• Pathogenesis
      • Still debated
      • Traditionally duodenal ulcers are seen as a problem with acid hypersecretion and gastric ulcers as a mucosal resistance problem
      • Gastric acid. Central in pathogenesis – no benign ulceration occurs without gastric acid
      • Gastric stases. Delayed emptying of normal amounts of acid with increased exposure
      • Enviromental factors are very important.
        • a)    Helicobacter pylori infection. 90% of patients with DU and 50% of patients with GU
        • b)    NSAID use. The mucus gel layer contains bicarbonate. This layer adheres to the gastric mucosa. It protects the mucosa against back diffusion of hydrogen ions. NSAID’s suppress mucus cell function.
        • c)    Smoking
      • 4)    Mucosal resistance
      • 5)    Genetic predisposition
    • Clinical Picture
      • 1)    Epigastric pain – Central or slightly to the right
      • Burning or gnawing
      • Can spread to the back
      • Relieved by ingestion of food or anti-acid
      • Pain occurs when patient is hungry
      • 2)    Different degrees of nausea and vomiting
      • 3)    Weight gain ( Pain relieved by ingestion of food)
      • 4)    Epigastric tenderness just to the right of the midline, may be absent.
      • 1)    Epigastric pain – Brought on by meals often within 30 minutes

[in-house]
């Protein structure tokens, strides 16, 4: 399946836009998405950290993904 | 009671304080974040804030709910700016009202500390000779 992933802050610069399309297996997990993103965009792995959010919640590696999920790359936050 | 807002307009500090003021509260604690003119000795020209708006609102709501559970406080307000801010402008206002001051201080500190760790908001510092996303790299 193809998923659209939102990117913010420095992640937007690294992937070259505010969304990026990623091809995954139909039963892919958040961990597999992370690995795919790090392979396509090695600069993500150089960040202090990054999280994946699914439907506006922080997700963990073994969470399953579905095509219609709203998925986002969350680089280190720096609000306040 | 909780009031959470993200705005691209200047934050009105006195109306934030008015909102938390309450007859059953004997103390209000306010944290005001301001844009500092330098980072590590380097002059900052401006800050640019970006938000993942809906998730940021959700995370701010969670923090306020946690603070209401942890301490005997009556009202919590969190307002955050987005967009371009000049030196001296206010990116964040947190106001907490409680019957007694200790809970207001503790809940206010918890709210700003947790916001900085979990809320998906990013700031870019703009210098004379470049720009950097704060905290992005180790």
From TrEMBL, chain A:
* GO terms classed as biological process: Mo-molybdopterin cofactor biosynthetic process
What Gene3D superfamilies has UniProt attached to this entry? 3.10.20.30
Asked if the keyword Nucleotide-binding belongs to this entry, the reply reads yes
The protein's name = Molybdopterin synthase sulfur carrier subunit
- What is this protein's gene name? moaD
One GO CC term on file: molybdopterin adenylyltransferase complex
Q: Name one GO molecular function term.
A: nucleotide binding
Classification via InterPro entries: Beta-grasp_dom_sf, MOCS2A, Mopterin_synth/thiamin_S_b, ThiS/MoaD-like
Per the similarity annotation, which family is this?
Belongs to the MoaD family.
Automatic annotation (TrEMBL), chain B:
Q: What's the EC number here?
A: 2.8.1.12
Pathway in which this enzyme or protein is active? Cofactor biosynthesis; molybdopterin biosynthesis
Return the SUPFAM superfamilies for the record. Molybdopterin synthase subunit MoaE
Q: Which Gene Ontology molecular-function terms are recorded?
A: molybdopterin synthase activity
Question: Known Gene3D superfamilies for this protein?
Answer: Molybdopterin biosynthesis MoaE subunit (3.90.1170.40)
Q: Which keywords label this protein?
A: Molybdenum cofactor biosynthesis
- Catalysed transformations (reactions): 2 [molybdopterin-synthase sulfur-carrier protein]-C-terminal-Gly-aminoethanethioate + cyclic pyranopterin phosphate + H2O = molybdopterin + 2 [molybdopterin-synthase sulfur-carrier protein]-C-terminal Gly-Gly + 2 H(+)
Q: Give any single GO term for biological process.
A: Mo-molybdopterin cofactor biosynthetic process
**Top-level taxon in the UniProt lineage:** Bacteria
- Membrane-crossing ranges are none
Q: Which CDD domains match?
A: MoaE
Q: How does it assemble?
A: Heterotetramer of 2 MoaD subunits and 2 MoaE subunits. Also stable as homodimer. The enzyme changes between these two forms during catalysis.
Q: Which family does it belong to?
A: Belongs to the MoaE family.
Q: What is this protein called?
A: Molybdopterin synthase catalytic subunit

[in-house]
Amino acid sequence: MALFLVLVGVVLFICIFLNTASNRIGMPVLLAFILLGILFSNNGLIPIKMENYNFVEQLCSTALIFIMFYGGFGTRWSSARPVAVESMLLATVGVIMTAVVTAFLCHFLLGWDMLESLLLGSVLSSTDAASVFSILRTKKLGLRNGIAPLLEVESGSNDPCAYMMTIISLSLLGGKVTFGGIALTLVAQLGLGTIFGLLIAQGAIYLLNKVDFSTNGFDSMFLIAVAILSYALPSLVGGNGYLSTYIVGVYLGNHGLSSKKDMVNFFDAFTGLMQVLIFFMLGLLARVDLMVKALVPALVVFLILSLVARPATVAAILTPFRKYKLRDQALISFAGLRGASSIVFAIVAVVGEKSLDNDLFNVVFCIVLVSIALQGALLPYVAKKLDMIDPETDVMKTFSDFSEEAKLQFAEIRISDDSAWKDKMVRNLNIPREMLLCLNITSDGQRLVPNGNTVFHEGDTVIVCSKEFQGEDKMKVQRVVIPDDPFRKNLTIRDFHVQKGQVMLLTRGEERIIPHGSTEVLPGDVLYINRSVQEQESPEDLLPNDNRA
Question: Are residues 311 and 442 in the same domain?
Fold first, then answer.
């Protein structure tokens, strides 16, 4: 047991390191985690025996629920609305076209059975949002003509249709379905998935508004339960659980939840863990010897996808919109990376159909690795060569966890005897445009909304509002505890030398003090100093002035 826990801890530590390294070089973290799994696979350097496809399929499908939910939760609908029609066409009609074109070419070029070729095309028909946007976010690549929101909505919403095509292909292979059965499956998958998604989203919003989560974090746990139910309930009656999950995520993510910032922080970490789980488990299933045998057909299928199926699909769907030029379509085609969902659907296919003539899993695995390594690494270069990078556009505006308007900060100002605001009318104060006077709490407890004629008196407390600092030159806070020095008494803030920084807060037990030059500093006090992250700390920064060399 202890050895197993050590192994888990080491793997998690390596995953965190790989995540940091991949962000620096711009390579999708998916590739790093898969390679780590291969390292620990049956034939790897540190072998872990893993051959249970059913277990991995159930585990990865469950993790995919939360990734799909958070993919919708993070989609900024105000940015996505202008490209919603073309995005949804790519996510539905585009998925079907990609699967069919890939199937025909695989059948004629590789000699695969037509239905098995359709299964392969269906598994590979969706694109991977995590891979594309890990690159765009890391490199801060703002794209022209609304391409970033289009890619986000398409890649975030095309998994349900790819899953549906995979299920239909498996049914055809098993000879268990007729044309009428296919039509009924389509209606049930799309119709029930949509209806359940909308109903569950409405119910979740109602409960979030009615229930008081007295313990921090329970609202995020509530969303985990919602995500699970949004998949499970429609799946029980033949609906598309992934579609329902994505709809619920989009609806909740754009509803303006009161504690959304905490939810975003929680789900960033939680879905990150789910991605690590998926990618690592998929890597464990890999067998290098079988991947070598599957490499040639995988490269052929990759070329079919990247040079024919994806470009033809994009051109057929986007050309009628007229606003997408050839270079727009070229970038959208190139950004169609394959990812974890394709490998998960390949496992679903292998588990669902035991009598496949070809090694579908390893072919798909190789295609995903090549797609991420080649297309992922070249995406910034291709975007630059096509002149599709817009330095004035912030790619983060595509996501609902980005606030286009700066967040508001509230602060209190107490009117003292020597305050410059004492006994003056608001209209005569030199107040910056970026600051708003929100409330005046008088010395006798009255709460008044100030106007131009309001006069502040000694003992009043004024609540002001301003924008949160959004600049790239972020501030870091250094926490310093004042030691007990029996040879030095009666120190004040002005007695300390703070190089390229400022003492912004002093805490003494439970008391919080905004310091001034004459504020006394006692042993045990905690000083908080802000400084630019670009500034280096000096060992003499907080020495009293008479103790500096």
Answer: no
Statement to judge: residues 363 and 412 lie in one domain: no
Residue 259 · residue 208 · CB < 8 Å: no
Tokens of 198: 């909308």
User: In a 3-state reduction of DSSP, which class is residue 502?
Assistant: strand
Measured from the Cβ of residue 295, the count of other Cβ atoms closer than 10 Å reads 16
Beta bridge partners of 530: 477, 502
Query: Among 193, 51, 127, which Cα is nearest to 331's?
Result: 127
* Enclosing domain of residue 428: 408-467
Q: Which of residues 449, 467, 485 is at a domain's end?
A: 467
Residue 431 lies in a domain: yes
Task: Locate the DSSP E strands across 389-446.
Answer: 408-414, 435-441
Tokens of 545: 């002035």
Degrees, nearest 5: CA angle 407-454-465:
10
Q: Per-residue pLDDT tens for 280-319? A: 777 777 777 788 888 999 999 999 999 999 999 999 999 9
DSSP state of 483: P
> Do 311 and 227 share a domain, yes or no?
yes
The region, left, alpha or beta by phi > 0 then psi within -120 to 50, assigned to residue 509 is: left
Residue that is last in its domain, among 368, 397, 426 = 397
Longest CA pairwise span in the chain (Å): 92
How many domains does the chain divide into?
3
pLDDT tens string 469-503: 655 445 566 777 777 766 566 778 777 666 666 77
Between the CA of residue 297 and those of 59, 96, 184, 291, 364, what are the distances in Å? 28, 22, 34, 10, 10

• 2)    Nausea and vomiting
      • 3)    Weight loss
      • 4)    Epigastric tenderness
    • Complications
      • 1)    Bleeding
      • 2)    Perforation
      • 3)    Gastric outlet obstruction
      • 4)    Penetration
    • Management
      • Surgery is indicated and for the following:
      • 1)    Non-healing ulcer ( 8 – 12 weeks for GU, DU can be managed conservatively for longer since the risk for malignancy is low)
      • 2)    Complications
      • a) Perforation
        • b)  Bleeding if massive,
        • c)  Gastric outlet obstruction that does not clear up on conservative management.
    • Surgical principle for definitive ulcer surgery
    • Definitive ulcer operations for GU
      • Type 1 GU partial gastrectomy . Vagotomy not done.
      • Type 2 and 3 GU treated as DU. HSV contra-indicated due to high ulcer recurrence with prepyloric ulcers.
      • Type 4 GU treated with partial gastrectomy and excision of a long tongue of lesser curvature including the ulcer(Pauchet procedure).
    • Gastric outlet obstruction
      • Cycles of inflammation and repair may cause obstruction at the gastroduodenal junction as a result of edema, muscular spasm and fibroses.
      • Edema and spasm can resolve with medical treatment.
      • Obstruction is mainly caused by DU and prepiloric GU.
      • Malignant tumors is the other important cause of gastric outlet obstruction.
      • normal pylorus is about 20 mm in diameter and can distend to 25 mm
      • gastric outlet obstruction occur when the diameter of the antroduodenal segment is below 10 mm
      • A saline load test can be utilized in the objective measurement of outlet obstruction or gastric atony and the assessment of response to therapy
      • The major benign causes of GOO are PUD, gastric polyps, ingestion of caustics, pyloric stenosis, congenital duodenal webs, gallstone obstruction (Bouveret syndrome), pancreatic pseudocysts, and bezoars
    • Clinical picture
      • Longstanding history of PUD